keypad.c and lcd.c that are required to implement a simple
VEX UI. These are conveniently provided as a download
from the SERVO website at www.servomagazine.com.
To test the keypad and LCD interface, you only need to
download the keypad.hex application. To customize it, you
will need to modify the code in the main function of the
WPIkeypad.c routine and re-make the project using MPLAB.
The functions used in this application include the following:
• The Get_Key function scans the keypad and returns
the keystroke that was pressed from the user after
• The lcd_goto function positions the LCD cursor to the
• The lcd_puts function sends the text contained in the
buffer to the LCD.
• The lcd_printdec displays numeric data to the LCD.
• The Two WheelDrive function called from the WPILIB
initializes the microcontroller to run the VEX motors
in two wheel drive mode (2WD).
• The SetPWM function called from the WPILIB is used
to set motor #1 speed to the value entered from the
To run the application, download the WPIKeypad.hex
file to the microcontroller using the IFI bootloader and start
entering a speed for the motor with up to three digits for a
speed value between 000 and 255. Notice that the first
digit entered is the most significant digit (unlike calculators
which enter the least significant digit first). This can easily
be modified in the WPIKeypad.c application by storing the
digits into a small buffer. The motor will start turning at the
selected speed once an extra digit between 0 and 9 is
entered from the keypad; the cycle repeats, overwriting the
current motor command.
I will be referring to more WPILIB functions in future
articles and showing you some advanced coding examples
that would be much more difficult if done without WPILIB
since controlling motors requires waveform generation
(PWM) and reading sensors may require interrupt support.
Figure 4 also shows where I added my own routines to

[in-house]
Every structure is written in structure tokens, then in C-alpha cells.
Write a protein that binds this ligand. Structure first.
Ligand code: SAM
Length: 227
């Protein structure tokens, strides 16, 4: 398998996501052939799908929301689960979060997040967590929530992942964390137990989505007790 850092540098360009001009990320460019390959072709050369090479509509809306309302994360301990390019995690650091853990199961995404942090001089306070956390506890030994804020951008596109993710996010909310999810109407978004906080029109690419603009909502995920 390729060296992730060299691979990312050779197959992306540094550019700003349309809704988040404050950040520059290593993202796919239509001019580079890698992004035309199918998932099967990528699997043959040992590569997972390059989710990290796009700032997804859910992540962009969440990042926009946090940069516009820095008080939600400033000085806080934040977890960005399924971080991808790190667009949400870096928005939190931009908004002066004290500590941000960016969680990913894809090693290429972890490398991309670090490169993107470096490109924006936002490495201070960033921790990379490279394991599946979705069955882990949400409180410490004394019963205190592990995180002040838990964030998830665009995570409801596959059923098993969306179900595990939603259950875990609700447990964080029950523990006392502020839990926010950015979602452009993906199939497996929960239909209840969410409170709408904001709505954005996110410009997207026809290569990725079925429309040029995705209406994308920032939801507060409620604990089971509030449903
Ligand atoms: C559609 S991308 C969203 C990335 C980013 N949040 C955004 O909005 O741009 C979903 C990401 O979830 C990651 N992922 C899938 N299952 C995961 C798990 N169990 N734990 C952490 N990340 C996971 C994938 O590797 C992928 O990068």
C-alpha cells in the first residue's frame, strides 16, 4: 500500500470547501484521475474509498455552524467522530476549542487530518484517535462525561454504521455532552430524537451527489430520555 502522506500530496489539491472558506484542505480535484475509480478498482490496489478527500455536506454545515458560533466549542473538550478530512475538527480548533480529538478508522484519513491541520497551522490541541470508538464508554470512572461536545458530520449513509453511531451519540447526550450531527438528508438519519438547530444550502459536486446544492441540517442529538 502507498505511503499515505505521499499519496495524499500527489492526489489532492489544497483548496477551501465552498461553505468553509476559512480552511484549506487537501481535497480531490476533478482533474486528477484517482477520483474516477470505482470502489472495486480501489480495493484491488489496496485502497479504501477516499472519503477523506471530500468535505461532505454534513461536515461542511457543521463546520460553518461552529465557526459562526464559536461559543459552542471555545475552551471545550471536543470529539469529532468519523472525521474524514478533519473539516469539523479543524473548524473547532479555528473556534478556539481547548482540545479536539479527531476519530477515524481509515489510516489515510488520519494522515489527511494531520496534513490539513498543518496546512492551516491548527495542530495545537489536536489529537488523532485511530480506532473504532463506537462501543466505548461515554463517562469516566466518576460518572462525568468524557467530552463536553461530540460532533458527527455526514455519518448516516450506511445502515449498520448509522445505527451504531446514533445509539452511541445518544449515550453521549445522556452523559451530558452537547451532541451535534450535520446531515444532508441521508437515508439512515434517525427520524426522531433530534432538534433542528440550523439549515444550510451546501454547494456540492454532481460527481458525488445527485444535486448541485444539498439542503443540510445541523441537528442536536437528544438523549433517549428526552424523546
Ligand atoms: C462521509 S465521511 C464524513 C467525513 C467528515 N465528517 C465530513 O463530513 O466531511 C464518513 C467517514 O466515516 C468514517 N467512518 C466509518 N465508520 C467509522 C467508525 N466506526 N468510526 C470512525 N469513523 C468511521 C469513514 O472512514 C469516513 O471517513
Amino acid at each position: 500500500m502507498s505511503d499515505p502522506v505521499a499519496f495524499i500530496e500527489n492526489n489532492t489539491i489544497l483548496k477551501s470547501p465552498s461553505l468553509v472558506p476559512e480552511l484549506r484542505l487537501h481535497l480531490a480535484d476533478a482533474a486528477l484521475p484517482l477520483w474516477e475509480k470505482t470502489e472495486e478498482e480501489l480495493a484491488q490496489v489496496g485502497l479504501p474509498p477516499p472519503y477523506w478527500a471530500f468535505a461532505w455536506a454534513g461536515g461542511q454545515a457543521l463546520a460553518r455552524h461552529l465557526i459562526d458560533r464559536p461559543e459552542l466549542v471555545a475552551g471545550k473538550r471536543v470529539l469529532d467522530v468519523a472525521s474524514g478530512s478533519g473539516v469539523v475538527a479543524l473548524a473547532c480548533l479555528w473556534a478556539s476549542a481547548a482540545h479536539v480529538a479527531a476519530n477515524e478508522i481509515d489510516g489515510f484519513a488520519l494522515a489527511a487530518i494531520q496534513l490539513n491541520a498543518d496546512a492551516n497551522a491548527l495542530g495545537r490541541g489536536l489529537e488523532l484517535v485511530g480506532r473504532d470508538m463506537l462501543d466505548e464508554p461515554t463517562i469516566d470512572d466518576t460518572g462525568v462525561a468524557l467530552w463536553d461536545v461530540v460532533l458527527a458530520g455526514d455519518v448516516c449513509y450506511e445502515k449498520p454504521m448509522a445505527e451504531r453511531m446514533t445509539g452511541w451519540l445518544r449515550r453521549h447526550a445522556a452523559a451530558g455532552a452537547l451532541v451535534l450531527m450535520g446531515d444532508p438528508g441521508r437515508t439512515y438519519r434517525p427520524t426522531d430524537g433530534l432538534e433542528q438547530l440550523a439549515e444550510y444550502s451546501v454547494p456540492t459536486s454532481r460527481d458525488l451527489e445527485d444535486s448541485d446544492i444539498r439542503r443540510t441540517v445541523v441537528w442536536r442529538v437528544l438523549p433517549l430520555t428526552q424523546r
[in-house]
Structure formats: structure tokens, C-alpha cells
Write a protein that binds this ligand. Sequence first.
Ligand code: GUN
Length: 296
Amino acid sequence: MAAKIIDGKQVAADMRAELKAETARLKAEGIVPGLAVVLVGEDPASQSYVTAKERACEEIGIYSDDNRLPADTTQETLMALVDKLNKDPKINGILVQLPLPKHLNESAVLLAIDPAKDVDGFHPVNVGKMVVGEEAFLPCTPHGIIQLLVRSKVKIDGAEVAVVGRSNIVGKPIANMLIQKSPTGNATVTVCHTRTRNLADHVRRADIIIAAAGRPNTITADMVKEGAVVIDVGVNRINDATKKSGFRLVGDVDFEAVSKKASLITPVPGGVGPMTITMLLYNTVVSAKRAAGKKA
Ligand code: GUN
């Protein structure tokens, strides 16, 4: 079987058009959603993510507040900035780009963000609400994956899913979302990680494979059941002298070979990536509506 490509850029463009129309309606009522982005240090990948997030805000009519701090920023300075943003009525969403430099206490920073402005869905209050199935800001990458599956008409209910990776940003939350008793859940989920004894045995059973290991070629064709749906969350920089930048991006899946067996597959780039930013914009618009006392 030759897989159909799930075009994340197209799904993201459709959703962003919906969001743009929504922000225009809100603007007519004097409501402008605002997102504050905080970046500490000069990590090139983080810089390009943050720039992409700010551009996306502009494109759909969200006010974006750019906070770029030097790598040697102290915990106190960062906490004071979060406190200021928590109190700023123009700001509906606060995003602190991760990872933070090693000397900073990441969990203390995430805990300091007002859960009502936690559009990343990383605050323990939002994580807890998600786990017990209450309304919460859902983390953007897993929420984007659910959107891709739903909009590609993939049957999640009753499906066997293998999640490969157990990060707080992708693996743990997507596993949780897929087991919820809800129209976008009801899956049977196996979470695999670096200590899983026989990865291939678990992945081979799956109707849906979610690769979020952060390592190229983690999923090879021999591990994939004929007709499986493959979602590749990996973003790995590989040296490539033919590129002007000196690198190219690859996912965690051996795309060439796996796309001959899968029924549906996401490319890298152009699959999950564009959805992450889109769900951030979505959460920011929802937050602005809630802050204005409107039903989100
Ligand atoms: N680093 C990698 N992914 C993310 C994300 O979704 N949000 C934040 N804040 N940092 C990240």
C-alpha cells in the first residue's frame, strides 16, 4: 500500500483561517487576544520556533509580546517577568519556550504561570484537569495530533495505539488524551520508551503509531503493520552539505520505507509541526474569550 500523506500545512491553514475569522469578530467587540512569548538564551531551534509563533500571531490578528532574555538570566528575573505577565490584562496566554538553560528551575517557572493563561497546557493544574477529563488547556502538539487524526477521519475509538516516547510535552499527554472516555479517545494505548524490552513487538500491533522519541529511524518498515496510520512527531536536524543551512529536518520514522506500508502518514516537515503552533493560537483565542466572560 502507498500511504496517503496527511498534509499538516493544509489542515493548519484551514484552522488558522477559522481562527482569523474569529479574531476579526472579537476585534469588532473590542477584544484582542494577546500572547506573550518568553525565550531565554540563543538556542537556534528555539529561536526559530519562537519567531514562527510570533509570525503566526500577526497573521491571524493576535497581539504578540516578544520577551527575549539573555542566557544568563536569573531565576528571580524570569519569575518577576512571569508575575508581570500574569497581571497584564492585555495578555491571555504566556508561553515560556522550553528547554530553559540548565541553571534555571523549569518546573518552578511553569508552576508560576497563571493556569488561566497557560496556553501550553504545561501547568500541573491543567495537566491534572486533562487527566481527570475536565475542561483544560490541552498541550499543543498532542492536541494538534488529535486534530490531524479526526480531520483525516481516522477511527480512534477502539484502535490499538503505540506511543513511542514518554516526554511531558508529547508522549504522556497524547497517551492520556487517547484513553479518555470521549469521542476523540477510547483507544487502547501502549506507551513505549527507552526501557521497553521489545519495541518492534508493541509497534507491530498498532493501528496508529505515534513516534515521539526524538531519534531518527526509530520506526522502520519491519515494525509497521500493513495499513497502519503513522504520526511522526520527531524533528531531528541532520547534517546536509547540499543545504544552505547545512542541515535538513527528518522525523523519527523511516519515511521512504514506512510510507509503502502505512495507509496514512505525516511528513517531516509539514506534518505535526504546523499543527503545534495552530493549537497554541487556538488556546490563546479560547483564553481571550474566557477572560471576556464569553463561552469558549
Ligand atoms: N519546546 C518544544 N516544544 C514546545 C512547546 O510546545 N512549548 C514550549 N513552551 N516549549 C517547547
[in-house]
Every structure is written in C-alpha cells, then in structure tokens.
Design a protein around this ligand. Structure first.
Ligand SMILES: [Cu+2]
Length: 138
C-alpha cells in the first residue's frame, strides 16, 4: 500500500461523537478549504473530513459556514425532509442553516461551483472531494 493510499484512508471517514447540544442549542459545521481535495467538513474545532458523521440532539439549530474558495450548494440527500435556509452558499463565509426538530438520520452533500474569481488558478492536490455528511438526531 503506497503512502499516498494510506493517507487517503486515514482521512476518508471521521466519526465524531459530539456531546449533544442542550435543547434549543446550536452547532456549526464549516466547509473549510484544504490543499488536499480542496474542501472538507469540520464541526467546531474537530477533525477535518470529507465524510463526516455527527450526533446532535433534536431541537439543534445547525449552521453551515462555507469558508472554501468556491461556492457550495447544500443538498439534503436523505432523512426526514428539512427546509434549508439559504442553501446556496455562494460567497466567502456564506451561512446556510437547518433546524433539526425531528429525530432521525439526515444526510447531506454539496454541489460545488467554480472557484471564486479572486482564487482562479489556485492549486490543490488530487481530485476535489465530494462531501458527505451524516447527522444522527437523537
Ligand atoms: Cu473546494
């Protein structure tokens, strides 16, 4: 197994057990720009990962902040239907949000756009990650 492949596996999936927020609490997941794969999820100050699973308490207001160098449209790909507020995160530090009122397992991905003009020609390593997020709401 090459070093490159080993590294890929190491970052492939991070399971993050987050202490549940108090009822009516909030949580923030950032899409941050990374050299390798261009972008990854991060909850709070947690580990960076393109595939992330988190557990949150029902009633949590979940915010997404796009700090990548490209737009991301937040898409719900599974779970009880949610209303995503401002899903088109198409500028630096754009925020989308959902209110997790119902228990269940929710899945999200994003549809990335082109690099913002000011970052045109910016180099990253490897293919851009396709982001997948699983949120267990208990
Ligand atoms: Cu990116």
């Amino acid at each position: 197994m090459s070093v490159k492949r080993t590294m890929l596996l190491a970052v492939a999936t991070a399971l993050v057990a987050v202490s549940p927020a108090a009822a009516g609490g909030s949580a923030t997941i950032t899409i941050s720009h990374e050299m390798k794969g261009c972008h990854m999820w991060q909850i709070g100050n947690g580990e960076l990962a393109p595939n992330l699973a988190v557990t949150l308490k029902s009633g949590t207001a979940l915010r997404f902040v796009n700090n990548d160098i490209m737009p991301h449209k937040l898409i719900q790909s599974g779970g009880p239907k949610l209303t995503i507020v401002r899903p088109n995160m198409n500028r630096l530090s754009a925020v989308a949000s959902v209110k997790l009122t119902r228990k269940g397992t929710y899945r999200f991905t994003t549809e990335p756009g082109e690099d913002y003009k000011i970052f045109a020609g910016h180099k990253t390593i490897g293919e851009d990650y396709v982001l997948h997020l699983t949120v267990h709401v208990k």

scan the keypad. This MPLAB project contains all the
necessary modules to compile and link the keypad
application that generates the keypad.hex file that is used
to program the controller once the keypad has been wired
to it. As a side note, I do prefer using the DDT tools instead
of WPILIB when interrupts are required (such as scanning
pushbutton switches or bumper switches since it allows
access to most of the PIC18F8520 registers, timers, and
Going further, an interesting experiment is to use the
keypad to enter floating point or hex numbers, and display
Introducing Pololu’s new line of
Maestro USB Servo Controllers
Conduct a symphony of servos.
Three control methods: USB, TTL serial, and internal scripting
Free configuration and control application with motion sequencer
Channels can be used for digital I/O or up to 12 analog inputs
Individual servo speed and acceleration control for each channel
Up to 8 KB of internal scripting memory (~3000 servo positions)
0.25 us servo pulse resolution with pulse rate up to 333 Hz
Pololu's 6-channel Micro Maestro and new 12-, 18-, and
24-channel Mini Maestros take serial servo controllers to
the next level by incorporating native USB control for
easy connection to a PC and programmability via a
simple scripting language for self-contained, host
controller-free applications. Whether you want the best
servo controller available or a versatile, general-purpose
I/O control board, these compact devices will deliver.
more information at www.pololu.com/maestro
54 SERVO 08.2010